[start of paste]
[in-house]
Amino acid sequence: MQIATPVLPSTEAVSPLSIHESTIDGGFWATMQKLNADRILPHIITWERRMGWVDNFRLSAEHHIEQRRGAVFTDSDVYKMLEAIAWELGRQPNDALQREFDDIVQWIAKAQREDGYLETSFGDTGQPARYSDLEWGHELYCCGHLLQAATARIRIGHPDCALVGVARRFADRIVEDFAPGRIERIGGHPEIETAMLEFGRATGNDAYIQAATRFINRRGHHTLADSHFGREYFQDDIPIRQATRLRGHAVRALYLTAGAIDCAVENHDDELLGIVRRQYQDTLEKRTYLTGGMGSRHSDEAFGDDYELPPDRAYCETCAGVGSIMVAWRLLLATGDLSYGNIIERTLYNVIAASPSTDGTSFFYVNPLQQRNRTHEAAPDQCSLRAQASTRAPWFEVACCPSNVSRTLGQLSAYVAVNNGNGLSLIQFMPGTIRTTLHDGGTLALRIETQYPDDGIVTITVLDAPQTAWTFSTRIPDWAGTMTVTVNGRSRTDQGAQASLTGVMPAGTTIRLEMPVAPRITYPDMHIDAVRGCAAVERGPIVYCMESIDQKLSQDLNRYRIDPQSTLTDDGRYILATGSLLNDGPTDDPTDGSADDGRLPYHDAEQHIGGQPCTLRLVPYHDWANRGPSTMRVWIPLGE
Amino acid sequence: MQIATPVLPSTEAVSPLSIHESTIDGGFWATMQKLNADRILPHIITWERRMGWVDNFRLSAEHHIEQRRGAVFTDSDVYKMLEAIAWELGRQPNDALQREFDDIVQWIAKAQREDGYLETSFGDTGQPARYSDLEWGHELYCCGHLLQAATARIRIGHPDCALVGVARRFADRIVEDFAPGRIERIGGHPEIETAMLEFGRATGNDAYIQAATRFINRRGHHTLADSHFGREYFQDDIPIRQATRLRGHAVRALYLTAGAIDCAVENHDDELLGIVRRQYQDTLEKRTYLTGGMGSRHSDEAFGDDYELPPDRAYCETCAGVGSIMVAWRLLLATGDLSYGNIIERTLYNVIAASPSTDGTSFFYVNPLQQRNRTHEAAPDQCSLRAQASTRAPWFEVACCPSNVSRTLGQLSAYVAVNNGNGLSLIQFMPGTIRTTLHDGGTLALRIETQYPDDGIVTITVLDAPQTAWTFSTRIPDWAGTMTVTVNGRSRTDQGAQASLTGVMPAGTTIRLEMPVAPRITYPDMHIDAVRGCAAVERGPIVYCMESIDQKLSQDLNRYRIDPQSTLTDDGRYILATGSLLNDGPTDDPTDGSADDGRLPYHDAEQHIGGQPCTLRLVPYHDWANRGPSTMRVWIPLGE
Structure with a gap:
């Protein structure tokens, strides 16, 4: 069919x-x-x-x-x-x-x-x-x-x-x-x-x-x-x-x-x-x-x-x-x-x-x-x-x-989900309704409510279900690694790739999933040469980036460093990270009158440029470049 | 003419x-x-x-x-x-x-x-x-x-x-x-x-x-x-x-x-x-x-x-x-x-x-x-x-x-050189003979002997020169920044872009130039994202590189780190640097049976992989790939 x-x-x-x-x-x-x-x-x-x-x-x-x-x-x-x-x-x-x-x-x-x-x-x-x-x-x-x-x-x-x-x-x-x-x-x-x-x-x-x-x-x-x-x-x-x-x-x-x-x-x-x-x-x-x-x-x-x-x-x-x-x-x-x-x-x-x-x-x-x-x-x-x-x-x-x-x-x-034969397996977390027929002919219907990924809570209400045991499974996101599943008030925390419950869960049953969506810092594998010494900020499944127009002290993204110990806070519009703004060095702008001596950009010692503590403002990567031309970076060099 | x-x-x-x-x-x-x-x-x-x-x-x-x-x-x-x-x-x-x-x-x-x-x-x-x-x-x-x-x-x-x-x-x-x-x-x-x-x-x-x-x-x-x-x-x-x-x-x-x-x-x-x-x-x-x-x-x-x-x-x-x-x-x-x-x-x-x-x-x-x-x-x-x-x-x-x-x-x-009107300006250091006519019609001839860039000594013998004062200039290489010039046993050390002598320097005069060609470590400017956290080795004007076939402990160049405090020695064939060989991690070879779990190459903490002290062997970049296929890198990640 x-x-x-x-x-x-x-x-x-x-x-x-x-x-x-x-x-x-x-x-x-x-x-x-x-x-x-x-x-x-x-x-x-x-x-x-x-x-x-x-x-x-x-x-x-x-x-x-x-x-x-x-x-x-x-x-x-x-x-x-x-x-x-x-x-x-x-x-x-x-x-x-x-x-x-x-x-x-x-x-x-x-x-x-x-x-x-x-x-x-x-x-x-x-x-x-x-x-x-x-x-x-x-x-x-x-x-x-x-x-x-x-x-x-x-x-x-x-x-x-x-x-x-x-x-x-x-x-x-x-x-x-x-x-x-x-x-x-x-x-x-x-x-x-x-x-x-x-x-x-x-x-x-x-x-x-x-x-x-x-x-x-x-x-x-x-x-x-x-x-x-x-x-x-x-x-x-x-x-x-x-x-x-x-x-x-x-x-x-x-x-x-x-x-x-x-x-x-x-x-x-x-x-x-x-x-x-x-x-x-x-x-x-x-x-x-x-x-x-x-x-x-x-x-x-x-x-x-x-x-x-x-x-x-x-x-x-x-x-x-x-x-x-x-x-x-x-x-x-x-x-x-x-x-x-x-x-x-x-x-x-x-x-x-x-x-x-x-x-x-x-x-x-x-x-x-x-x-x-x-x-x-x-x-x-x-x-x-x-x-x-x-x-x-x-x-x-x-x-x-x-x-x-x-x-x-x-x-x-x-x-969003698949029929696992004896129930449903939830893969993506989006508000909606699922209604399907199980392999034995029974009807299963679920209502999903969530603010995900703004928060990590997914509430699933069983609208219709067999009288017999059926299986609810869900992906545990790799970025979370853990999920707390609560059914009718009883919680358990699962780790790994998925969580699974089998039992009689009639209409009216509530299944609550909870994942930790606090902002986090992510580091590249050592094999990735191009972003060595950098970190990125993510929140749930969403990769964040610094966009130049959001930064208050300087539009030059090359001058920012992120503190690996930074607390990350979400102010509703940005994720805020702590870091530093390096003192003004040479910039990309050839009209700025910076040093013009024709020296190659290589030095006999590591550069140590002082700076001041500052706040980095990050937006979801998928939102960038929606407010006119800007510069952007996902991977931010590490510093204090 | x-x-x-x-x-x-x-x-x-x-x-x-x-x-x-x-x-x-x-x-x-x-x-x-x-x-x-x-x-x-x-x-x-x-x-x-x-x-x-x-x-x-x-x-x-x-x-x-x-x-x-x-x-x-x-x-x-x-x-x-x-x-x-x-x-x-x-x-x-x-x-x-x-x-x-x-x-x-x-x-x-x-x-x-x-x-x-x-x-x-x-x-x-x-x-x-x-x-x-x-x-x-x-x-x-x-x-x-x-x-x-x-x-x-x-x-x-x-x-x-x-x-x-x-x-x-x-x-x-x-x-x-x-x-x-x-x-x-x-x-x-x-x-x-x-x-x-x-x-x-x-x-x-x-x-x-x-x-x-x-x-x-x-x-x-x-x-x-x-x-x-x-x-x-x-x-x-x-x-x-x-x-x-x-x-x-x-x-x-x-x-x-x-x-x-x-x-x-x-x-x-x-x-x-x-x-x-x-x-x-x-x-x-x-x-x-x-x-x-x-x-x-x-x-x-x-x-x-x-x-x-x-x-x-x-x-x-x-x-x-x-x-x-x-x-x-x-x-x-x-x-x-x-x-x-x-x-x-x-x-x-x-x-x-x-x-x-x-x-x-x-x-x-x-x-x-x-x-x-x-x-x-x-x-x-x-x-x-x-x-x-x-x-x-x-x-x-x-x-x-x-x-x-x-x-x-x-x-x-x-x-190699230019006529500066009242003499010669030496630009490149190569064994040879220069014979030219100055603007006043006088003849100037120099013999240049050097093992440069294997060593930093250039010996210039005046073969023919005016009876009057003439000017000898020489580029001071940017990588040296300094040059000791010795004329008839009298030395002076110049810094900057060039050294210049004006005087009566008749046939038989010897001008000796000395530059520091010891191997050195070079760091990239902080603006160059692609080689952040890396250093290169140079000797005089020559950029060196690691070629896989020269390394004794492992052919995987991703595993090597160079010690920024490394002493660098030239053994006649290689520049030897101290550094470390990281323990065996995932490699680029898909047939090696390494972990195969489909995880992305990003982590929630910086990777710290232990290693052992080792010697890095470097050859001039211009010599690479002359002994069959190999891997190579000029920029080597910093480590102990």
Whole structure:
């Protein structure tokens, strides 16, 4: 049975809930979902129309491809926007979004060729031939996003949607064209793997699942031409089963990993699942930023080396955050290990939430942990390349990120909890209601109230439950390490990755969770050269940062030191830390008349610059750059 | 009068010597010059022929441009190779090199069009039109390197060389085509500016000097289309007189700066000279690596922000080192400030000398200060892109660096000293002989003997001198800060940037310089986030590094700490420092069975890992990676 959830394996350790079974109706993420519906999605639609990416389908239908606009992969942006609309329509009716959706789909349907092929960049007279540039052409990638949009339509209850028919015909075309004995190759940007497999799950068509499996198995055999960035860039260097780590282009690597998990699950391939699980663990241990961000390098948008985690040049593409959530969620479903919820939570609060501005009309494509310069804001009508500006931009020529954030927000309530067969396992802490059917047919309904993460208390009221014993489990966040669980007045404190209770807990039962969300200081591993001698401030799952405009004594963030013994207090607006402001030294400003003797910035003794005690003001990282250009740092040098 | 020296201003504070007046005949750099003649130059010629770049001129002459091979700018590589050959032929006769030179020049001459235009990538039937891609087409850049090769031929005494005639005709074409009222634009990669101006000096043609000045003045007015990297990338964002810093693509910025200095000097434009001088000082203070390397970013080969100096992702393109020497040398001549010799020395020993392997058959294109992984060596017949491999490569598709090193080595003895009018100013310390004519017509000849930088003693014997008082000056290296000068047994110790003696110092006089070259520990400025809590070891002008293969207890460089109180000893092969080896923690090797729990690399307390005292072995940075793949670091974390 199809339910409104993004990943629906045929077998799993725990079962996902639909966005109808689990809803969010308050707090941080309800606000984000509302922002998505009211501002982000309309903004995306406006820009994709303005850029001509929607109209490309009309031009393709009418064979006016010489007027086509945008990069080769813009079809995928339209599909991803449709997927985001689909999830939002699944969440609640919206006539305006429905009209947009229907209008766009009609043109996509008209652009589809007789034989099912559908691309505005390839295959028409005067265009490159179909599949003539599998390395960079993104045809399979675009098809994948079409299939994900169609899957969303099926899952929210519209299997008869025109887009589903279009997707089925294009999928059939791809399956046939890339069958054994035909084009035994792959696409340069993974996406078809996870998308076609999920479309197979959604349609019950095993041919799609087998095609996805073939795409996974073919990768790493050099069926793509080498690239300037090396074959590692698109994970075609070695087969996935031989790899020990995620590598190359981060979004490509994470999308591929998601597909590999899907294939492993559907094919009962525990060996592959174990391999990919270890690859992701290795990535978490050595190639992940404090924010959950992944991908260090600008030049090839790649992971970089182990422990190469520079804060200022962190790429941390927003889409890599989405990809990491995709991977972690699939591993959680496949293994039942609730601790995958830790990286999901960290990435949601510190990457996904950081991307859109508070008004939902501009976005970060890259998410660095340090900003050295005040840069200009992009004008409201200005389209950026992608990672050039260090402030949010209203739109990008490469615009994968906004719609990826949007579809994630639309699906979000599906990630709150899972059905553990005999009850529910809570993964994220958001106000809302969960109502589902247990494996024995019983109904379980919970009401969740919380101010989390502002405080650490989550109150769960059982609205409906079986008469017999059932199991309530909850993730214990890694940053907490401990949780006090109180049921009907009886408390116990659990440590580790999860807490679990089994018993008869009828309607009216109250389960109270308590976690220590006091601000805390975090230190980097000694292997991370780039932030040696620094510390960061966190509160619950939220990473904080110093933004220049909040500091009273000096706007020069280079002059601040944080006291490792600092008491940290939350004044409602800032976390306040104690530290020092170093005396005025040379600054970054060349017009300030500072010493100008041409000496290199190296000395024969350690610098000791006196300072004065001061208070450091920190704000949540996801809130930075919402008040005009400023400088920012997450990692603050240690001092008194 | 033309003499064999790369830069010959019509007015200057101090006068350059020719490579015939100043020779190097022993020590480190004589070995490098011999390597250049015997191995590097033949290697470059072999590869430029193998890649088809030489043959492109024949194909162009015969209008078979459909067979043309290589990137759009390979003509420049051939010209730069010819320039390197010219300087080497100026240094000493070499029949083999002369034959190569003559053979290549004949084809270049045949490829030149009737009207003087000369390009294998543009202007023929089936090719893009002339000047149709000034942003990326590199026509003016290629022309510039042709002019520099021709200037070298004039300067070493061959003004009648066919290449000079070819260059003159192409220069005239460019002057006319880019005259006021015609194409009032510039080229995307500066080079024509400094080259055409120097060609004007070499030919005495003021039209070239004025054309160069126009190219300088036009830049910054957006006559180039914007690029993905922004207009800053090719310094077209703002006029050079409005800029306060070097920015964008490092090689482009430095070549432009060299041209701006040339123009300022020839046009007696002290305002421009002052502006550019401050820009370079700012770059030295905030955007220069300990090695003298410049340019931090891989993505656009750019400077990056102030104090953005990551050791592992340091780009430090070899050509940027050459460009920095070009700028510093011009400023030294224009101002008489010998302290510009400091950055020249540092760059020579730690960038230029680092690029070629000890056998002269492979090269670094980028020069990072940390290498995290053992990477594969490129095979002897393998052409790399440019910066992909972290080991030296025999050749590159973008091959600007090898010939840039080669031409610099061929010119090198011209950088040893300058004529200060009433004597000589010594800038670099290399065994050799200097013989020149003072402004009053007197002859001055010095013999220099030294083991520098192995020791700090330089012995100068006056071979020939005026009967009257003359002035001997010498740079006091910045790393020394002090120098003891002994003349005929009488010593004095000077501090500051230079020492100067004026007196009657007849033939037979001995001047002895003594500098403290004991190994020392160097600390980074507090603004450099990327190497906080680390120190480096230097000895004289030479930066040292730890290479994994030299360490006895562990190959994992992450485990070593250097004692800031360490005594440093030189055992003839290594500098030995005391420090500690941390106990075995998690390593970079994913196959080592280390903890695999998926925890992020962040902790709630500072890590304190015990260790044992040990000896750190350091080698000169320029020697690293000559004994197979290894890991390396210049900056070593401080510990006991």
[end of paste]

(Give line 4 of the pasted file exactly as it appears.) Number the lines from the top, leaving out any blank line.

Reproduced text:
Structure with a gap: